To avoid disappointing any of the estimated 380 odd million Christian children in the world on Christmas Eve, Santa Claus needs to be capable of some pretty spectacular performances:
Santa’s memory is so good, he can recall 380 million childrens’ Christmas wish lists.
Santa visits about 970 households per second.
To achieve this, his sleigh has to travel at over 1000 kilometres per second (3000 times the speed of sound).
The sleigh’s payload (that is, the sack of toys) is estimated at being about 500,000 tonnes.
Santa’s reindeer are each 40,000 times stronger and faster than the average ordinary reindeer.
Santa’s reindeer, due to air resistance created by the astronomical speeds they travel, each absorb up to 14,300,000,000,000,000,000 joules of energy every second.
Each time the sleigh takes off, Santa is subjected to 17,500 g of force (apparently the average human will black out at about 4 or 5 g).
This is an engineer’s perspective on Santa Claus and it has been suggested that these calculations might be proof that Santa Claus doesn’t really exist. But that’s not the point of this month’s Handy Hint. These trivial statistics illustrate a few interesting points about performance measures…
Measuring what your organisation or process or team is capable of (modelled from past performance) can help you anticipate how likely you are to meet changing stakeholder needs. As the Christian population in the world grows, how much faster will Santa have to travel, and how much more will the sleigh have to carry, and how much more energy will the reindeer have to absorb? How many more toys will the elves have to make?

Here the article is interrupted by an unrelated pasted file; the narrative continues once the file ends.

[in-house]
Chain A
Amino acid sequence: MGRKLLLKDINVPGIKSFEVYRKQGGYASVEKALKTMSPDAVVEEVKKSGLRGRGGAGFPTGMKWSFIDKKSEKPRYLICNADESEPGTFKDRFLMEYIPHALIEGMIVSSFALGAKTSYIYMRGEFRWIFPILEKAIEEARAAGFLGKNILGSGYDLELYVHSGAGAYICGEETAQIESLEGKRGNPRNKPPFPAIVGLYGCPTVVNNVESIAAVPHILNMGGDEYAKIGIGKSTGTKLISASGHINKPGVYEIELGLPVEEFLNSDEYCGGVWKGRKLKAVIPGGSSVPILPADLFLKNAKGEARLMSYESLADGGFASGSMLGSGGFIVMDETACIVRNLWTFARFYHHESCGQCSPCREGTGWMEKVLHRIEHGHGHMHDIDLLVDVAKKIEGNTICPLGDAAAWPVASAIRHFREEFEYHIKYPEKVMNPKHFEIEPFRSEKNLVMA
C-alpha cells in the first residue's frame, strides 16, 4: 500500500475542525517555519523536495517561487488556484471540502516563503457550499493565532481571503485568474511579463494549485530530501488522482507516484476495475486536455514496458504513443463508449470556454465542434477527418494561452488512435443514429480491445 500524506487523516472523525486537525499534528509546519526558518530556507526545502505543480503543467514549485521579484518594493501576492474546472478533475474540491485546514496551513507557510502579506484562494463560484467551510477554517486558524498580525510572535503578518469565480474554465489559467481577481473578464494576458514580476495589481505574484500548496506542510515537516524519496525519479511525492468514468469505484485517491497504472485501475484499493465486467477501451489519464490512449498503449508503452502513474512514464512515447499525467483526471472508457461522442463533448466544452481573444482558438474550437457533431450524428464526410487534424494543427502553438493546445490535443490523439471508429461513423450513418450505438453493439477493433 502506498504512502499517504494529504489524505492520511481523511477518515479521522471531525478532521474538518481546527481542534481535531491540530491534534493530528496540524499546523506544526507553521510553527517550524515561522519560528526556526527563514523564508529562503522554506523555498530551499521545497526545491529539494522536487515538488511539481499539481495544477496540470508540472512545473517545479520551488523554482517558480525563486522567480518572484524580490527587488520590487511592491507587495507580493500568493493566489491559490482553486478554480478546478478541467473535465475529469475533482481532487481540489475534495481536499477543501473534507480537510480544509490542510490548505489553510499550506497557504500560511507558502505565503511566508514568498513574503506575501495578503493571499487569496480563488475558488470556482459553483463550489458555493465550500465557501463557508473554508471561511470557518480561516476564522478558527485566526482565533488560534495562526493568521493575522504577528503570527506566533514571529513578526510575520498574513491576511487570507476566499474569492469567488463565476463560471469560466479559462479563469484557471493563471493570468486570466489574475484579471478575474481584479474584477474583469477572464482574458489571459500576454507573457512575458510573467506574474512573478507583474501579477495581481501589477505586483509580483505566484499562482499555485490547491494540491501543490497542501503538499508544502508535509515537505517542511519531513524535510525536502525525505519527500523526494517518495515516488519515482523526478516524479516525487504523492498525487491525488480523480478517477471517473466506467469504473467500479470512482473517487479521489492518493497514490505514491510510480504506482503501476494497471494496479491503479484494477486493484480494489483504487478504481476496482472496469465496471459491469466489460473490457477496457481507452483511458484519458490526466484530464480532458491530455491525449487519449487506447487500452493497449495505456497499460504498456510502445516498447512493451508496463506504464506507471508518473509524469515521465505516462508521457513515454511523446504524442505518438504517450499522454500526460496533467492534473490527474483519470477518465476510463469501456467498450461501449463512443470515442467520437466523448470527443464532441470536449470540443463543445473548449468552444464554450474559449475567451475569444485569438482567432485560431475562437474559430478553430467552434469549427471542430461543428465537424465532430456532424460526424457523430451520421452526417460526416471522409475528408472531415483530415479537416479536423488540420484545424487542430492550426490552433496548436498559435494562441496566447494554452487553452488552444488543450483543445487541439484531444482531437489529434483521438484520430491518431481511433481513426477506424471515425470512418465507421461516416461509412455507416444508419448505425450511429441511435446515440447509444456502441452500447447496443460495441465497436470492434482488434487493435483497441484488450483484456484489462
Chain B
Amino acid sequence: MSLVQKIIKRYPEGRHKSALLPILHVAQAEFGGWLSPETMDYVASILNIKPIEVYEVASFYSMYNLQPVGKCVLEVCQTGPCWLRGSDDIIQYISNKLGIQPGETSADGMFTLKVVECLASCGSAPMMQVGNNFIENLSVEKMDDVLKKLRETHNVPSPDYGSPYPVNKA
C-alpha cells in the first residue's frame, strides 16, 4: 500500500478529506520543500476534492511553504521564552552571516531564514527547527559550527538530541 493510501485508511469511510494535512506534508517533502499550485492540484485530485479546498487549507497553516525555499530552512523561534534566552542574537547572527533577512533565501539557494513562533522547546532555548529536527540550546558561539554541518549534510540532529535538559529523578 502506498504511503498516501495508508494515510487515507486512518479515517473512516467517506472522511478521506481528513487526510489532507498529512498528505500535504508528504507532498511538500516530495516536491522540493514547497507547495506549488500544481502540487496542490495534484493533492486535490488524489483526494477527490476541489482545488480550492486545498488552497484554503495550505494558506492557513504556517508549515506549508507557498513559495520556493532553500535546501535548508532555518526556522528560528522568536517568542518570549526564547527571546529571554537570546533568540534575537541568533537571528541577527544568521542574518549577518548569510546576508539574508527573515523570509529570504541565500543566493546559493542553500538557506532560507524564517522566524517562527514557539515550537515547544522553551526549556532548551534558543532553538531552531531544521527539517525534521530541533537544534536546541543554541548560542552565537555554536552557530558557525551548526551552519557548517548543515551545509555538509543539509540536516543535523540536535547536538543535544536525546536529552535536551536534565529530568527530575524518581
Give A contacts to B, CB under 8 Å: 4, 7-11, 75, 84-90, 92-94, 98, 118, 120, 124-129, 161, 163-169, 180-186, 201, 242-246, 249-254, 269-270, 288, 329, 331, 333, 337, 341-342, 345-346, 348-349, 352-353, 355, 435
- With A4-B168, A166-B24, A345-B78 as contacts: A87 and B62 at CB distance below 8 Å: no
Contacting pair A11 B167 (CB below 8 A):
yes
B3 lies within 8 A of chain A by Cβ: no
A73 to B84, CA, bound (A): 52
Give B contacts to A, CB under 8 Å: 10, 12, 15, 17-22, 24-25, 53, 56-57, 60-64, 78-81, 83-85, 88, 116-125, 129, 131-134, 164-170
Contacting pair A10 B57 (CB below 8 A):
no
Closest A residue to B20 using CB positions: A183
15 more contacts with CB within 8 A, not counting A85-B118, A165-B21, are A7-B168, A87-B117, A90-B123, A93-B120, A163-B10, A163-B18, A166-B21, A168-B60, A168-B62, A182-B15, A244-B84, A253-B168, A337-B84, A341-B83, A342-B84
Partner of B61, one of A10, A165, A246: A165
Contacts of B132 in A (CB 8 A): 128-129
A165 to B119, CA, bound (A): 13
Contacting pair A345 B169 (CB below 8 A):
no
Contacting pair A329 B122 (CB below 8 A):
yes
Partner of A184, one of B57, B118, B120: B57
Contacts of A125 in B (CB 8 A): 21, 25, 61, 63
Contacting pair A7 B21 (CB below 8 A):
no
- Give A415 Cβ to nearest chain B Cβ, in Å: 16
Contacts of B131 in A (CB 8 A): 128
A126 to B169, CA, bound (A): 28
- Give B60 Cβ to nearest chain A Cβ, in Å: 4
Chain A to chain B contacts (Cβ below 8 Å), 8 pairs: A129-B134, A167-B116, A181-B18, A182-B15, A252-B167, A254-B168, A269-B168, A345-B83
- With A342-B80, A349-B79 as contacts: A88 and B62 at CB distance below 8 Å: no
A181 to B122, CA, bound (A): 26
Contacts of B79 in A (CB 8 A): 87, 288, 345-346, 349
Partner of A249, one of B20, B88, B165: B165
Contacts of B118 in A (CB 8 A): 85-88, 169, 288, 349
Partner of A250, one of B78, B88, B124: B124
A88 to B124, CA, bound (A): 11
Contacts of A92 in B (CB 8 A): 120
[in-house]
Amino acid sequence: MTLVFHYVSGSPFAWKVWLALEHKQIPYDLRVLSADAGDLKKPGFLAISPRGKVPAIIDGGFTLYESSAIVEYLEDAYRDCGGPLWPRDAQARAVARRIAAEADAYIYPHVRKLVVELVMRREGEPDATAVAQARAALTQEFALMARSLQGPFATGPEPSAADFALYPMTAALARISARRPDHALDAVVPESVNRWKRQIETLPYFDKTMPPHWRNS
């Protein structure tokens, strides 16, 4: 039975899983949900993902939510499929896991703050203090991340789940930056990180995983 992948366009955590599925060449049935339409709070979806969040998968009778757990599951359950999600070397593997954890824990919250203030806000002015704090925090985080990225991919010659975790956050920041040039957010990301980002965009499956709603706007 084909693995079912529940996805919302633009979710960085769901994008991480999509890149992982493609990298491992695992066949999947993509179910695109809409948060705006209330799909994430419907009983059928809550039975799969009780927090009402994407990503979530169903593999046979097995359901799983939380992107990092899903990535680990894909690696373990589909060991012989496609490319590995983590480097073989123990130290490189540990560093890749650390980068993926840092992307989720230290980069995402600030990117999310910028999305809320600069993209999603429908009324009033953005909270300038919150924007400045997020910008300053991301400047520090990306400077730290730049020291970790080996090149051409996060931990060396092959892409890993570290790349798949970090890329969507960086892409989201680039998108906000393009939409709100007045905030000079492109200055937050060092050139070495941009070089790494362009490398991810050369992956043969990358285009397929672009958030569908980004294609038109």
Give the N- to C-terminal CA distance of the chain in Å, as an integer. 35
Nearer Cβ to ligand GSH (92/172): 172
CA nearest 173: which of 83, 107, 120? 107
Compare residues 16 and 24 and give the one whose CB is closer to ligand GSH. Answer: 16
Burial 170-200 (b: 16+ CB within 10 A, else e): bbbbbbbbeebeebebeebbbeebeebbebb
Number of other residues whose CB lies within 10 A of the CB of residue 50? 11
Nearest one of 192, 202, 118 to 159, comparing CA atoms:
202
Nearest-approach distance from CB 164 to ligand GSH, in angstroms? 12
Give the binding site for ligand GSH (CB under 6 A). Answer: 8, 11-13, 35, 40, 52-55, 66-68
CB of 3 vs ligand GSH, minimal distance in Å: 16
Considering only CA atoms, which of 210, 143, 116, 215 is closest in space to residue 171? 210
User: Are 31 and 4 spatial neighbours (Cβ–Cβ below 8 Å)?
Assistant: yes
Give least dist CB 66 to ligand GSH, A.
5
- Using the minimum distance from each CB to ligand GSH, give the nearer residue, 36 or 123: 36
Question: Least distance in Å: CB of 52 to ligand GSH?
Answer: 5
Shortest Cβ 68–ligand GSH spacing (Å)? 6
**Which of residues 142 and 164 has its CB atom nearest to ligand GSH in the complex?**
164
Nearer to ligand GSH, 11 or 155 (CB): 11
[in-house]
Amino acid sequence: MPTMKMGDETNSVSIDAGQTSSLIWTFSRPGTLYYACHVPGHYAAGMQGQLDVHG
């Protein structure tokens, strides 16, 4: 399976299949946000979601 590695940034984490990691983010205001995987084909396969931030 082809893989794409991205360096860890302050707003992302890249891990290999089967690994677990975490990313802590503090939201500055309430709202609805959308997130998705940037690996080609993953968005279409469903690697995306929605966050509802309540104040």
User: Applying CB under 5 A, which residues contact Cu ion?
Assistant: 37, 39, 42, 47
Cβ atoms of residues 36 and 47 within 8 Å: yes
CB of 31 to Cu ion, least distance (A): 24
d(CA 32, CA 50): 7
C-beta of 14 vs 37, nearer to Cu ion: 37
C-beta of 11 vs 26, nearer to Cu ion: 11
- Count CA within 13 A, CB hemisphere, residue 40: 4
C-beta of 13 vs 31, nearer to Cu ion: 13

What kinds of toys will most influence the children of tomorrow to be nice and not naughty?
Santa’s outputs are the results of his activities, what he produces. And what he produces is gifts delivered to Christian children that have been nice and not naughty. Measures of his outputs might include: the % of nice children that did receive a gift, the % of children that received the gift they requested, the % of children that received a gift they loved, the safe return of Santa and the reindeer to the North Pole sometime on Christmas morning.
Outputs are produced over and over again by our business processes, but for the purpose of making some bigger, ultimate set of outcomes happen.
Measuring activities and outputs might be interesting and easy, but we need to measure the ultimate set of outcomes of our activities and products if we care at all about what we are doing. Santa doesn’t do the Christmas Eve thing because it’s a challenge. He actually really wants to encourage children to be nice and not naughty and he rewards those children being nice with gifts on Christmas Eve.
Santa’s ultimate outcome measure might be the percentage of children that always behave nicely. He might analyse trends in this information – he has years and years of history, as he’s been at it for around 1600 years. Santa might also benchmark this measure against the motivators for non-Christian children to be nice and not naughty, to see how well his gift strategy is working.
Linking Outcome Measures to Capability Measures
There is a logical connection among these three types of measures. The capability measures predict the quality of the outputs, and the quality of the outputs predict the quality of the outcomes. If Santa’s elves make the right kinds of toys, then more children will get the gift they want and thus, more children will be influenced by Santa’s message to be nice and not naughty.
Have a very safe, incredibly happy and gorgeously relaxing Christmas and New year! And hopefully that won’tbe a challenge! :)